When Mikey Geragos announced his candidacy for Undergraduate Student Government president in 2012, his Sigma Chi fraternity brothers knew what to do. The freshmen pledges volunteered to distribute flyers on Trousdale Parkway. Many brothers committed to supporting the campaign on social media, or showed up to cheer for Geragos at debates.
“It was like a routine,” Geragos said of the coordinated response.
Raised by a family of proud Trojans, Geragos attended his first football game at the Los Angeles Memorial Coliseum when he was just a toddler. From the moment he stepped onto campus as a USC freshman, the affable Pasadena native knew he wanted to lead the University he had grown to love. His fraternity’s strong legacy of leadership gave him the added confidence — and strategic advantage — to pursue his dream.
“I had resources immediately that I don’t know how I would’ve gotten if I wasn’t in greek life,” Geragos said.
The greek system has long exercised a significant role in student government at USC. With historically low rates of voter turnout for USG elections, sororities and fraternities represent a major voting bloc — one that candidates must capitalize on to win.
It comes as no surprise, then, that seven of the past 10 student body presidents have held fraternity affiliations. Four presidents came from Sigma Chi, an unofficial student government powerhouse.
Geragos, who won the 2012 election with 2,376 votes, cited manpower and name recognition as the primary strategic benefits of his involvement in the greek community.
“It comes down to how many people know your name,” Geragos said. “Socially, when you’re in a greek organization, on average, you’re probably interacting with more people.”
In recent years, USG has attempted to mitigate the influence of the greek community in elections by increasing overall voter turnout. Kat Lee, associate director of elections, said more students would participate if they appreciated just how much USG shapes their undergraduate experience.
“I don’t think people realize the impact that USG can have on the student body,” Lee said.
Lee referenced the extension of the drop deadline for classes and the University’s partnership with Uber, as meaningful changes negotiated by USG. By informing more students about these advocacy initiatives — through holding external office hours on Trousdale and developing an aggressive social media marketing campaign — she hopes to make policy, rather than popularity, the central focus of elections.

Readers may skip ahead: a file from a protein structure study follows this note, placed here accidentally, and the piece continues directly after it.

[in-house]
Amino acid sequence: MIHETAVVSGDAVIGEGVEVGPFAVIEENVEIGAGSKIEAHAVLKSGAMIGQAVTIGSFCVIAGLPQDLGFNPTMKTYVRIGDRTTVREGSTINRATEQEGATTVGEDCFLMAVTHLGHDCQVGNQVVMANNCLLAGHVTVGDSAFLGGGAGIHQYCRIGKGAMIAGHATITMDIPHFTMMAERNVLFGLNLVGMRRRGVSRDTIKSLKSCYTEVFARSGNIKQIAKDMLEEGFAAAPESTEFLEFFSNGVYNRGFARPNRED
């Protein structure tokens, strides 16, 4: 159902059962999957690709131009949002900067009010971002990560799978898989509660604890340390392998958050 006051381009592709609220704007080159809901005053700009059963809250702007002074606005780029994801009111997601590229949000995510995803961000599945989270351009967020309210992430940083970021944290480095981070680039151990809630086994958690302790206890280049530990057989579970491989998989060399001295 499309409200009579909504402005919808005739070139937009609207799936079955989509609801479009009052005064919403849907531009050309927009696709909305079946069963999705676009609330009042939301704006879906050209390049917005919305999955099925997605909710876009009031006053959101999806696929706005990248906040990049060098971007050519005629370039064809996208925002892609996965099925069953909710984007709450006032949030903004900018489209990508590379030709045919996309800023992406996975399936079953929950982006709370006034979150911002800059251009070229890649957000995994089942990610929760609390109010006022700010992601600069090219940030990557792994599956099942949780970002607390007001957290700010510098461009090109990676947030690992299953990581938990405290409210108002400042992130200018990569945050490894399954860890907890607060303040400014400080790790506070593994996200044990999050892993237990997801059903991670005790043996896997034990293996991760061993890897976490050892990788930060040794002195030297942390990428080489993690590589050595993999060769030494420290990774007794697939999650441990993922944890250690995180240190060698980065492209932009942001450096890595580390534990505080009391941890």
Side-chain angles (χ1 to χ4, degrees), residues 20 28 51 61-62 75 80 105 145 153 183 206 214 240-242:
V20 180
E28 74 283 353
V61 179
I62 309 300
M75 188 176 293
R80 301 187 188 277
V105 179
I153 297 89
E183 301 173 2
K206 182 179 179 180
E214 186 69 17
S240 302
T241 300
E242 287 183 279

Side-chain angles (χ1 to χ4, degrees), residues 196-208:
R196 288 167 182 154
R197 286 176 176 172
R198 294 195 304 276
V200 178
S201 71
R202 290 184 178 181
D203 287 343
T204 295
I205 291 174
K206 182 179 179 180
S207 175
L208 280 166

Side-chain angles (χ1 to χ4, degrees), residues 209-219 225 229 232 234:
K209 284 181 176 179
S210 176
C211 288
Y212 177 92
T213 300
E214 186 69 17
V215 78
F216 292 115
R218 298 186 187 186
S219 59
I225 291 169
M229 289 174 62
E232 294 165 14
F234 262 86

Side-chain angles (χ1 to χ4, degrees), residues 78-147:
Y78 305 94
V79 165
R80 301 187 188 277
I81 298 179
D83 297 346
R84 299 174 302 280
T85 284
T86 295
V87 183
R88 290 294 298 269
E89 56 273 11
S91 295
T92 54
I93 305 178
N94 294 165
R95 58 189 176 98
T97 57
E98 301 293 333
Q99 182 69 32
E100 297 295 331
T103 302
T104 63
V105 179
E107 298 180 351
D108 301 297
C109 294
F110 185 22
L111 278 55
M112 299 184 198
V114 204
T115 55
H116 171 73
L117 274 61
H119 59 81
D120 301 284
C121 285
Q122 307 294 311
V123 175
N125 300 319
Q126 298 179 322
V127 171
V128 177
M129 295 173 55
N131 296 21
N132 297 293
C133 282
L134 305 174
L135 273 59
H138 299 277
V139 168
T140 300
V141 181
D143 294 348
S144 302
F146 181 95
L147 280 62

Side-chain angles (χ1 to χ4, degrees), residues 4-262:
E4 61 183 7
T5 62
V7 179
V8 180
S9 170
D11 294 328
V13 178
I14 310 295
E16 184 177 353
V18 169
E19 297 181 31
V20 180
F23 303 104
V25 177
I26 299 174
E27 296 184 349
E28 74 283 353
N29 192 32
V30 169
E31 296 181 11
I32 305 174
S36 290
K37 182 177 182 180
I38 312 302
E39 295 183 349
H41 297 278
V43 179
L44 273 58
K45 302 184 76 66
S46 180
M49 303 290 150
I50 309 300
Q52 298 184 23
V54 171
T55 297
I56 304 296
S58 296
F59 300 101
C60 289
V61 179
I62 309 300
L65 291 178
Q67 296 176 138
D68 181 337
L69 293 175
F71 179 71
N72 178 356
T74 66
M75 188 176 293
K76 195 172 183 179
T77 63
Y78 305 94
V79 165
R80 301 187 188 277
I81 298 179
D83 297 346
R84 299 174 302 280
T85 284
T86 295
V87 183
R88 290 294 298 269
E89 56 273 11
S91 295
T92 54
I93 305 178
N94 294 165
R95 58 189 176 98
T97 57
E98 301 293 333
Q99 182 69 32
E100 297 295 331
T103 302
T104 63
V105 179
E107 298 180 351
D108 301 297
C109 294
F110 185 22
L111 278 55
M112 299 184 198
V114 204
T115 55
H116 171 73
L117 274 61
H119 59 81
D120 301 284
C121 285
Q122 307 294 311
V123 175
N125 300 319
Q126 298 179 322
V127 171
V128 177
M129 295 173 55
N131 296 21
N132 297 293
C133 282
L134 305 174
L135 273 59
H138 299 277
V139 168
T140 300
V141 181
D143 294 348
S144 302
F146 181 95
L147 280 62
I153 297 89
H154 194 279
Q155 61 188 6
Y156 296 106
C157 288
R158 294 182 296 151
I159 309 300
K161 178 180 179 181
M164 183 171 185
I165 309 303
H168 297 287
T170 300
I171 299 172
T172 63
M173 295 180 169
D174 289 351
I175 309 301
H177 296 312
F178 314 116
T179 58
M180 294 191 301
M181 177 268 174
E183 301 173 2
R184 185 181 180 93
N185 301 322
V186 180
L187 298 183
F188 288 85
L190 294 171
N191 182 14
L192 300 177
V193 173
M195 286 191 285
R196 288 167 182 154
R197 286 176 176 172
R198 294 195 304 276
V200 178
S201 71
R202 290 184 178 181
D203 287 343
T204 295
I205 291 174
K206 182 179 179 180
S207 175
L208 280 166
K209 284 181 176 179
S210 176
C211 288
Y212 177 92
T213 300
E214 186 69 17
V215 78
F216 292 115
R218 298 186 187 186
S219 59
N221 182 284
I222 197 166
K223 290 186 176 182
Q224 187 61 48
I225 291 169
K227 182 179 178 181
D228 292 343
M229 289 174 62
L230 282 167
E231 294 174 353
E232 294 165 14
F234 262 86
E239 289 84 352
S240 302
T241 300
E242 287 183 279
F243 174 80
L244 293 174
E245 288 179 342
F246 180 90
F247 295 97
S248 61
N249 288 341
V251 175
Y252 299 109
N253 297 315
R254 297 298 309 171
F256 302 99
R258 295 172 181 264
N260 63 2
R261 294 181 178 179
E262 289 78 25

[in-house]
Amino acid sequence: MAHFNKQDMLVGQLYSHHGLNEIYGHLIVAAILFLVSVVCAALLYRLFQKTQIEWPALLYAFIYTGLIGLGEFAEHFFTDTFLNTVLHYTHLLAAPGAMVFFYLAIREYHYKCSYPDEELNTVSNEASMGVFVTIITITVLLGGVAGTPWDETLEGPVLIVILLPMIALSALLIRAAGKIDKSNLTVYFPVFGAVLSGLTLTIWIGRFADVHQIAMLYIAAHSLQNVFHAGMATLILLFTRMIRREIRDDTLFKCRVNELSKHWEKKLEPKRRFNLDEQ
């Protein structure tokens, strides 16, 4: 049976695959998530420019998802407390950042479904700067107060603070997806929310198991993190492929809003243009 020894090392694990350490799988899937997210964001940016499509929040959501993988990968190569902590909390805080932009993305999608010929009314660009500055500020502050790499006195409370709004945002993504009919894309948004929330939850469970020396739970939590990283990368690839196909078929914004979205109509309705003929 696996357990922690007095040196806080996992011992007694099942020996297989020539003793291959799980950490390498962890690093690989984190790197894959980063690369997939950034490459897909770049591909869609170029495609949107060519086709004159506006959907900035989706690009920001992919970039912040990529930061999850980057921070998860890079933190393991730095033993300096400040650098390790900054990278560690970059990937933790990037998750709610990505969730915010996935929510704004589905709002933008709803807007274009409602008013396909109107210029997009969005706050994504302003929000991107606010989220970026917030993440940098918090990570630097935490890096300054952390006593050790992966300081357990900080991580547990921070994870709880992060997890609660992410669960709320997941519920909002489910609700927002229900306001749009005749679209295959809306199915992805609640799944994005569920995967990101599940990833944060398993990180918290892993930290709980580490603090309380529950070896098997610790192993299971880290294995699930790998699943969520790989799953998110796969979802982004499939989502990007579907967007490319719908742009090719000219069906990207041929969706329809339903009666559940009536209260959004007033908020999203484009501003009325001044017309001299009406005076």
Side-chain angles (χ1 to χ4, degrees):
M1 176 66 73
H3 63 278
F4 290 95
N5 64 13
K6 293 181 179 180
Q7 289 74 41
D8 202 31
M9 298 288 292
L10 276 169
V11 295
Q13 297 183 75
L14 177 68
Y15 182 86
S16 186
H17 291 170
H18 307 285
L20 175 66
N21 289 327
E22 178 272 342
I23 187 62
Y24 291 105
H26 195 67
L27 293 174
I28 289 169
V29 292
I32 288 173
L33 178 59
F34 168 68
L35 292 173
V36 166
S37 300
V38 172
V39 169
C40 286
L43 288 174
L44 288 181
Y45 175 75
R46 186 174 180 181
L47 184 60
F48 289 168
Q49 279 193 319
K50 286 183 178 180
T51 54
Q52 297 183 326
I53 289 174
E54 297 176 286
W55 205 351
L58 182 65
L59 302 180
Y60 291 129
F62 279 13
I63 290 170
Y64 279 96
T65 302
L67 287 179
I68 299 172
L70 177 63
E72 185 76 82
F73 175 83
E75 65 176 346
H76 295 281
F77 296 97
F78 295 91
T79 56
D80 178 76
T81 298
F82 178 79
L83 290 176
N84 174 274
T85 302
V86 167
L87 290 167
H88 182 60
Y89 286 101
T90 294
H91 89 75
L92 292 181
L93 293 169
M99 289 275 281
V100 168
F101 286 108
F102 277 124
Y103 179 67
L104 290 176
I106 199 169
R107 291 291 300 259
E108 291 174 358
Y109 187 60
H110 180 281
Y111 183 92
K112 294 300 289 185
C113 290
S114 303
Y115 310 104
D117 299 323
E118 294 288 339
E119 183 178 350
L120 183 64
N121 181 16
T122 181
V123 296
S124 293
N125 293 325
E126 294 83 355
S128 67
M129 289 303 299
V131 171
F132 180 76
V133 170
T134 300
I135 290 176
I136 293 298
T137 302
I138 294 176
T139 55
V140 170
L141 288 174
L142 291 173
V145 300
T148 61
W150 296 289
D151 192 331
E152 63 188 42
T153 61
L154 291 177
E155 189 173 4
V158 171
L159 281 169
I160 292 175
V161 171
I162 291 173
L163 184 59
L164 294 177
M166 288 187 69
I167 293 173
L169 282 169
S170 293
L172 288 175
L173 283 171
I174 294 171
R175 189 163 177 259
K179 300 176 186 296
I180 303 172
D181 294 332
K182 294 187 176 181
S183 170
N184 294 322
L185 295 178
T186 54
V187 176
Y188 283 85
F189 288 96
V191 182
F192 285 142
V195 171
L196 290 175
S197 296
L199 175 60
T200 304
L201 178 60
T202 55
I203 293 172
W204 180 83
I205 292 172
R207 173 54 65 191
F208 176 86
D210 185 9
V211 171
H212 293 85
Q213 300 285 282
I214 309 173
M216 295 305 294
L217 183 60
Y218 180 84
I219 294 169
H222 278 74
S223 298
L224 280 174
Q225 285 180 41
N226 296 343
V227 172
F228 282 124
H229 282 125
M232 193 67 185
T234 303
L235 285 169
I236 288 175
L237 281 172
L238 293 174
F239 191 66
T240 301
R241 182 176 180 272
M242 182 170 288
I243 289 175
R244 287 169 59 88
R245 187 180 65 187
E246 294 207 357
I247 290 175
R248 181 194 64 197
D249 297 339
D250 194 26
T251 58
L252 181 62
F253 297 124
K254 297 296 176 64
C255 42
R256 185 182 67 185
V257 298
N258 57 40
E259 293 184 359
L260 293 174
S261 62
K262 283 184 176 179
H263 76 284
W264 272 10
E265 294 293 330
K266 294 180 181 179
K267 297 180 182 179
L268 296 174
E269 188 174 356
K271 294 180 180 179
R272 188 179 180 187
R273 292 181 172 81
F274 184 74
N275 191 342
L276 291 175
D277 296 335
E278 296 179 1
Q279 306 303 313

“I think for candidates to be successful, they really need to appeal to a huge, diverse crowd,” Lee said. “The key to winning isn’t just winning over the greek Row.”
Rini Sampath’s 2015 USG victory provides compelling support for Lee’s argument. With 3,906 votes, Sampath and her running mate Jordan Fowler became the first all-female ticket elected in USC history. Among other notable accomplishments, Sampath’s trailblazing presidency bucked a long tradition of greek dominance at the highest levels of student leadership, paving the way for current USG President Edwin Saucedo.
While Sampath did not belong to a sorority, USG Senator Paul Samaha said she leveraged her close relationships with the greek community to win the election.
“Rini showed that you don’t necessarily have to be greek to win, as long as you have ties to the system,” said Samaha, who worked as director of communications for the campaign.
Although Geragos used his fraternity ties to secure votes, once elected, he shifted his focus to advocate on behalf of the entire student body.
“I got a lot of requests from my friends in the greek community who were unhappy with what the administration was doing,” Geragos said. “I didn’t see going after that as a priority. I saw that as the Interfraternity Council’s priority.”
Presidential candidate and current USG Vice President Austin Dunn, a member of the Zeta Beta Tau fraternity, echoed this sentiment. Dunn said his greek affiliations would not hinder him from effectively representing the interests of the broader campus.
“The reality of the situation is, the constituency that we advocate the least for is the greek community. That doesn’t necessarily mean that they have everything they need, but we work on a need basis,” Dunn said. “We ask students what needs to be changed on campus. And those changes are not primarily from the greek community.”